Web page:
All GS students must complete a major in order to graduate from GS. Concentrations are optional but, if pursued, must be declared. Students who want to declare a concentration must do so before completing 80 points of coursework toward the degree. Prior to declaring a concentration, students must declare (or have declared) a major and must have a minimum GPA of 3.2. In some cases, students who have attempted a double major choose, later in the process, to change the second major to a concentration.
What if I want to pursue a double major?
Students interested in double-majoring should discuss the viability of this with their respective GS advisors. Students may also consider doing a concentration in one area and a major in the other. Students who are interested in double-majoring must declare both majors before completing 80 points toward the degree; exceptions to this rule may be made if the student has already made significant progress toward major completion prior to the formal declaration.
What happens if I do not declare a major?
Students who do not declare a major by the time they have earned 90 points toward the degree will be placed on registration hold.
What if I want to change my major or concentration after one or both have been declared?
Students should schedule an appointment with their GS advisor to discuss why they want to change their major as well as the new major they are considering. The student and advisor will then complete the necessary paperwork for deleting the old major and declaring a new one, as this cannot be done online. Students normally are not permitted to declare a new major after earning more than 90 points toward the degree, but for compelling reasons exceptions can be made. Students should follow a similar process for changing or dropping a concentration.
Can any of my transfer credits count toward my major?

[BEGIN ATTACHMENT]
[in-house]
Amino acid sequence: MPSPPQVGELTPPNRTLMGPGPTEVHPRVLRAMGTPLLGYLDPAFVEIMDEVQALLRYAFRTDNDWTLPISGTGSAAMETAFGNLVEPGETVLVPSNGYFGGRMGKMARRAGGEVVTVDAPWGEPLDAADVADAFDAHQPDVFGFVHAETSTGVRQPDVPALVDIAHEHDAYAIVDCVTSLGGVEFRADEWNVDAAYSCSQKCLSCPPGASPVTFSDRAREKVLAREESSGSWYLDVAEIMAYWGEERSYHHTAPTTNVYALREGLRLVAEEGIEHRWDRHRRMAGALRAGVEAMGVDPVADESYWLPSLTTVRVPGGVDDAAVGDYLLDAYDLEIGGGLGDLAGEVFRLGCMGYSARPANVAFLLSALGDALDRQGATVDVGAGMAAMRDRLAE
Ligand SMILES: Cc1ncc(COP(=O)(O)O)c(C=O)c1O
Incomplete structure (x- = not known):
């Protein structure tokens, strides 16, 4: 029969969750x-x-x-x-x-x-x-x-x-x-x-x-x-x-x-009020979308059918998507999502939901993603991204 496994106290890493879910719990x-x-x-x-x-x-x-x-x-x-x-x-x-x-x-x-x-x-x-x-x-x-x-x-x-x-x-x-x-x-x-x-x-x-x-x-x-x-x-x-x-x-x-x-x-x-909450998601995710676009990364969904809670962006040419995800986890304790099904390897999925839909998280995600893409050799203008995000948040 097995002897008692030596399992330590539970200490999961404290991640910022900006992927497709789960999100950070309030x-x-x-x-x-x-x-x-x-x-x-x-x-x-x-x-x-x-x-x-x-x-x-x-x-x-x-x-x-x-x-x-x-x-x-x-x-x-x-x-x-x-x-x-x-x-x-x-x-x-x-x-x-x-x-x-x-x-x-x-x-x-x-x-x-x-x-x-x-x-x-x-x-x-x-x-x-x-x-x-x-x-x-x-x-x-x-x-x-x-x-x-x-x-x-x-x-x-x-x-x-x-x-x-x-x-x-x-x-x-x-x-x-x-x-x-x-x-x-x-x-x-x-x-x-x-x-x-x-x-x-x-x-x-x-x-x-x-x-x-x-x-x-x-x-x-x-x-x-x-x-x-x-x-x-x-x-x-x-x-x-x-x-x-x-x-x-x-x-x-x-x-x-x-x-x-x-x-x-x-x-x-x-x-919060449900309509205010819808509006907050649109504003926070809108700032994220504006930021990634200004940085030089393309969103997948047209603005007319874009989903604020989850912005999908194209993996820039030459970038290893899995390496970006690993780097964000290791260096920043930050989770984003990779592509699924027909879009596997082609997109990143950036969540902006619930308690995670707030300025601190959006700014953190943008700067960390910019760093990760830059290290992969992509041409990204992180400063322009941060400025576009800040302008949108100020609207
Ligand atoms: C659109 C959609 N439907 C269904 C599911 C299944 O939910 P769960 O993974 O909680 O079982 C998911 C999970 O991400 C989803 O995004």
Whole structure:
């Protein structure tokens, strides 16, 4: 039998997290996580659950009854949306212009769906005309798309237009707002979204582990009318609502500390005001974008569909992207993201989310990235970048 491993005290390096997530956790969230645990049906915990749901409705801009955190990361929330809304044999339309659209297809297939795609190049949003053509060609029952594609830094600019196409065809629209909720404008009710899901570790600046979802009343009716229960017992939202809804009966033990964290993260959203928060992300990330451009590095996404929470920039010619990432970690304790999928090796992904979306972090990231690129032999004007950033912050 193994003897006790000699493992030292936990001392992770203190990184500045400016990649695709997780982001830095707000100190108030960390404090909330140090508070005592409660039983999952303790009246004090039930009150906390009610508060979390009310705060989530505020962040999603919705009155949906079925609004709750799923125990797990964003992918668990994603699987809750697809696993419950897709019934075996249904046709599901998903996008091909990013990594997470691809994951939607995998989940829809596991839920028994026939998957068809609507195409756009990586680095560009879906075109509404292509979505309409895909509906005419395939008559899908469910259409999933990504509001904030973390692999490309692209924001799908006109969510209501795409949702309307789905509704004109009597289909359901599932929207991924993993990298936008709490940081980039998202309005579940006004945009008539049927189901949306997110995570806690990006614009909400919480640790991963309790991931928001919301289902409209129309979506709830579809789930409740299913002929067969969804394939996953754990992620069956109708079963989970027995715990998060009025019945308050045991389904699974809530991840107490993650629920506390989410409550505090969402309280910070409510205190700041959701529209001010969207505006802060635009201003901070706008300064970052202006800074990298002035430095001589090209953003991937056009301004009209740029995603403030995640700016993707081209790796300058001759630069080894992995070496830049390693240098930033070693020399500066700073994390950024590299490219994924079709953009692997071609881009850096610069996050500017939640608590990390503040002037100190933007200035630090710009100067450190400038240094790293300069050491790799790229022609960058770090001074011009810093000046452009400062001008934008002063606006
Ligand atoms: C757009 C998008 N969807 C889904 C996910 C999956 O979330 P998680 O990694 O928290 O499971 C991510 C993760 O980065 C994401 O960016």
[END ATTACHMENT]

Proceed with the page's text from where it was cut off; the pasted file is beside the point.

- Each department has the discretion to count up to 12 credits in transfer toward the major; some departments have a different limit and may accept a different number of credits. Approval by GS of transfer credit toward the degree does not mean that this credit will automatically count toward the major.
- At least 18 points toward the major must be taken at Columbia.
- Students should consult with the Director of Undergraduate Studies (DUS) about which transfer courses may count toward the major and satisfy existing departmental requirements.
- Directors of Undergraduate Studies usually require transcripts and syllabi to make decisions about whether transfer credits will count toward the major. Once a student has declared the major, the GS Dean of Students Office sends the DUS copies of all the relevant transcripts on file with GS.
Can courses taken as part of study abroad count toward the major?
Students who are approved for study abroad by GS must receive approval from their major department with respect to any courses taken abroad that may be counted toward the major.
Can summer term courses count toward the major?
Students must make sure that summer term courses at Columbia will count toward the major. This permission comes from the department, not the student’s GS advisor.
Any other exemptions to the above rules are clearly articulated on the GS website or on departmental websites.